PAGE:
[Image courtesy of Reddit.]
For me, one of the best things about puzzle-solving is the a-ha moment.
You’ve been staring at a clue, or a brain teaser, for what feels like forever. You’ve tackled it from seemingly every angle. And you’ve got nothing. You’re stymied. Flummoxed. You know the answer is within your reach, but you just can’t find it.
And then, the a-ha moment strikes. Wheels turn, pieces fall into place. And when the dust settles, you have your solution, and you can’t help but wonder how you didn’t see it sooner.
When puzzly thinking is taken outside the realm of puzzles and games and applied to the real world, it can make those a-ha moments even more enjoyable.
Now look at that image at the top of the page. Did you immediately realize what it was, or did you stare for a bit before having that a-ha moment?
Yes, it’s a map of the world done in the style of artist Piet Mondrian. How cool is that?
Today I’d like to look at a few maps that visualize our world in a different way and let you experience an a-ha moment or two.
[Image courtesy of Mental Floss. Click here for a larger version.]
This first map of the world has all of the familiar landmasses and borders that you know, but it has swapped around the actual countries so that the country’s population is now equivalent to its size.
It’s truly paradigm-altering to see countries like China, India, and Pakistan in those large landmasses, and on the flip side, the Netherlands taking the islands of the former Japan, while Japan moves to a much larger space in Africa.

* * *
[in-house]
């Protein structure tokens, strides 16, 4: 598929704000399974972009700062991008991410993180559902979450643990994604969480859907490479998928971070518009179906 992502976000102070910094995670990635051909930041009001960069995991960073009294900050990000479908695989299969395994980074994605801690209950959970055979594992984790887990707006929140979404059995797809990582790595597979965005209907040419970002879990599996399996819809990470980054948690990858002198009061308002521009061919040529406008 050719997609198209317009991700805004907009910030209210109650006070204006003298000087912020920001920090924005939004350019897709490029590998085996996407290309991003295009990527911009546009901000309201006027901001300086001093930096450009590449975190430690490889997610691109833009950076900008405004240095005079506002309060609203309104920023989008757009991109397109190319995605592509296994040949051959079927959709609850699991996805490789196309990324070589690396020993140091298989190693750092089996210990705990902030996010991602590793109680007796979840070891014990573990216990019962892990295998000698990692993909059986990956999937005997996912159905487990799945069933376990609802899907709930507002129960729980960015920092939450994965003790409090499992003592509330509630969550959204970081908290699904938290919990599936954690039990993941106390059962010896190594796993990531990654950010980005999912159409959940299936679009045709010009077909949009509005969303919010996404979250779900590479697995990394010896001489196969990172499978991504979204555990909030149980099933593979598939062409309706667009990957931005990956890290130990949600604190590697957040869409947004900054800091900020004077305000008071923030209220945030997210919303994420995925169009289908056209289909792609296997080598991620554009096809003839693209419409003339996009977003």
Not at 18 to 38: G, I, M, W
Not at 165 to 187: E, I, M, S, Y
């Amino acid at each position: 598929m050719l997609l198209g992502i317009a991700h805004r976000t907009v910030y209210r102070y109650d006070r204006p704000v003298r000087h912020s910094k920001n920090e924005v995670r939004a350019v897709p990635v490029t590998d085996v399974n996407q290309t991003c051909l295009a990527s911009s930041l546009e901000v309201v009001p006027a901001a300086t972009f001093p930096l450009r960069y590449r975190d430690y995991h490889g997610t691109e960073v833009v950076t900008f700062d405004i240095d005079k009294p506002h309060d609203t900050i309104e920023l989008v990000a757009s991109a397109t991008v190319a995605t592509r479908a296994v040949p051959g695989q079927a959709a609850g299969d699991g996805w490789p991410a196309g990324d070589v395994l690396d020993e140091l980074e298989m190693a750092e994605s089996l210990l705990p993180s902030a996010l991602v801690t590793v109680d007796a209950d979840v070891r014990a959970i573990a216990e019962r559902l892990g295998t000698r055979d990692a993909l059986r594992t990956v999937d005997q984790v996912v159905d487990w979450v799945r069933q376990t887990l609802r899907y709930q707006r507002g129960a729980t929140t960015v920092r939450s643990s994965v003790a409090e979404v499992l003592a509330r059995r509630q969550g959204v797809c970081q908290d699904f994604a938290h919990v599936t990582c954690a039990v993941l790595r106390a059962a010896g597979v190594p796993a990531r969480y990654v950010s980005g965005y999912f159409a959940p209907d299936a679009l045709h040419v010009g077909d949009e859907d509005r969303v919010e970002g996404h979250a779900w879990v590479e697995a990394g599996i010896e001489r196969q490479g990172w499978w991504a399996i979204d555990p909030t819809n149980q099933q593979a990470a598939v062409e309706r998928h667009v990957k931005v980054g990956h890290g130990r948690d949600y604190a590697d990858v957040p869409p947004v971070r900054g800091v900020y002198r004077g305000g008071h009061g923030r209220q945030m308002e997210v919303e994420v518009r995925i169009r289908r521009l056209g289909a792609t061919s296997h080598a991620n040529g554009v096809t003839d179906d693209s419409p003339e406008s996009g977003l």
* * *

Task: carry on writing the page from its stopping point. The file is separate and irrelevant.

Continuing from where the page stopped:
Plus, there are a few countries that wouldn’t move in this situation, like the U.S., Brazil, Yemen, and Ireland, which is all the more striking when you see so many countries moving around them.
Just imagining the political landscape in this world is mind-boggling!
[Image courtesy of The Edge.ca.]
This next map says more about our culture than our numbers, but it’s still interesting. Here’s part of a map labeled only with song titles that mention these places.
It’s a very clever concept that not only name-checks many terrific songs, but mixes genres and eras of music in surprising ways. If you were to attempt this, how much of the world could you fill in with song titles?
[Image courtesy of Texas.gov. Click here for a larger version.]
And speaking of puzzly map challenges, I’ve got one for you, fellow puzzlers. Here’s a map of the United States.
I challenge you to print out this map and color it in using only four colors. The trick? No neighboring states can be the same color.
Hopefully, accepting this challenge will provide you with a puzzly a-ha moment of your own. Enjoy!
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